Working men wear orange shirts
above ground to avoid death
while late-late drivers burn past signs,
that read, “SLOW DOWN,
my dad works here.”
But my dad was a dim, orange glow
at the bottom of a manhole.
No one saw him clipped
by death, a sort of driver, too,
who doesn’t read and doesn’t slow down.
No, when hit, my dad’s diabetic heart
gave like a contracting guardrail,
beating frantic, at first,
against its walls, then stopping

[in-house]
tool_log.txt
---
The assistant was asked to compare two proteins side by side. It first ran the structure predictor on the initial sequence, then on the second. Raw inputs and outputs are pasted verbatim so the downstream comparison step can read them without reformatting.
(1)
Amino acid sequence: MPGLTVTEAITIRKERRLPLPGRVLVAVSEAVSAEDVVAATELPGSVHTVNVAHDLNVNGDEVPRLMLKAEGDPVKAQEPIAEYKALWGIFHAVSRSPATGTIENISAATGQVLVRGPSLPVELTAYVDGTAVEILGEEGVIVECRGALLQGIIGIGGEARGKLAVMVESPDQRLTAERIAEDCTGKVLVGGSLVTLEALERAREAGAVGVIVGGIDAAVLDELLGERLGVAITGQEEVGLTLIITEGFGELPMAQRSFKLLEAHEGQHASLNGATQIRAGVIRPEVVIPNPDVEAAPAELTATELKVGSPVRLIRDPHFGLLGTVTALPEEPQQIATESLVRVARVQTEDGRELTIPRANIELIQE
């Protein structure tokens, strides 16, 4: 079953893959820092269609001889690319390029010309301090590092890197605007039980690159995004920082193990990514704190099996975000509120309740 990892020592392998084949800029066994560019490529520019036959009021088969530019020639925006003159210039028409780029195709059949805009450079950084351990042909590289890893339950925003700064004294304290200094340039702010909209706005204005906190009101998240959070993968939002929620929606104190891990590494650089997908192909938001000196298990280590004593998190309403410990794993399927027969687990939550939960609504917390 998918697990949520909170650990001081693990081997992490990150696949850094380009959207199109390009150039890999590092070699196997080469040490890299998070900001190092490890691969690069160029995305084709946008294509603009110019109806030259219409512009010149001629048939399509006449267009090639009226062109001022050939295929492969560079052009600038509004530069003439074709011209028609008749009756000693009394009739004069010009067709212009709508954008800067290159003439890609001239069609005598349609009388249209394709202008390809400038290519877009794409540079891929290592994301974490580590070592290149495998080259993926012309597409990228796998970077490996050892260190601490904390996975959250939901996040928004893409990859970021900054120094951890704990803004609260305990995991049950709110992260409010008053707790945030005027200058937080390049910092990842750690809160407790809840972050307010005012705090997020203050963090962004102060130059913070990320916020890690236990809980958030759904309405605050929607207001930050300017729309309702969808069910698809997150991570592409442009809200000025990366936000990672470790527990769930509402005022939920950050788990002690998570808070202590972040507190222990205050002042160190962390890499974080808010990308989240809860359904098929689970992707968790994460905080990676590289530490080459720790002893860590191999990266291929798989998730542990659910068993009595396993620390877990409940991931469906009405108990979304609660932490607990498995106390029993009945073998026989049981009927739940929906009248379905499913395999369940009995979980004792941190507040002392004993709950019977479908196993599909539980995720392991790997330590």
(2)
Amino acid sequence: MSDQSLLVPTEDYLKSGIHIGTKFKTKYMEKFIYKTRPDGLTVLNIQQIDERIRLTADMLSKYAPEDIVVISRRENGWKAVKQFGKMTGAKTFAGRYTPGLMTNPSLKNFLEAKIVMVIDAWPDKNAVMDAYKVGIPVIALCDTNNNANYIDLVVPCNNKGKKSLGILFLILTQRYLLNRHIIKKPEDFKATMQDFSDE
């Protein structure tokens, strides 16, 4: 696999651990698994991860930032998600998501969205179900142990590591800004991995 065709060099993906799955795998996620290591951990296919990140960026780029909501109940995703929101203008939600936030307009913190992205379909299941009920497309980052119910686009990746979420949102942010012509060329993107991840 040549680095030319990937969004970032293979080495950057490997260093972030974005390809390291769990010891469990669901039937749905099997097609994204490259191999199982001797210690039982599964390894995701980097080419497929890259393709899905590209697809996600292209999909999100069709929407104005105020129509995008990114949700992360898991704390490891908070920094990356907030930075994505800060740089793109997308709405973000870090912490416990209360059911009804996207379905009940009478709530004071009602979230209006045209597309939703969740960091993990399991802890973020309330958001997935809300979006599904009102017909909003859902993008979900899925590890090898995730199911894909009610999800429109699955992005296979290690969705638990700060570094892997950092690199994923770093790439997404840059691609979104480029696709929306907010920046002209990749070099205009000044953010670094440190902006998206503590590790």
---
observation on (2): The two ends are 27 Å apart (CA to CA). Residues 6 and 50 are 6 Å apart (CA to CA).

before his final breath.
Thinking of him now,
I wonder if a spirit is a thing at all.
If it is, did my dad’s beat
against the street’s underside
like his short-circuit heart, trying
to find a way out
of his tightening chest?
Or did his spirit see the circle
of sunlight above
and dive into heaven’s well
and all was well?
I imagine he saw
with his last sight, the circle
of his father’s death curving
into his own—that he imagined
the absurdity of that orange shirt.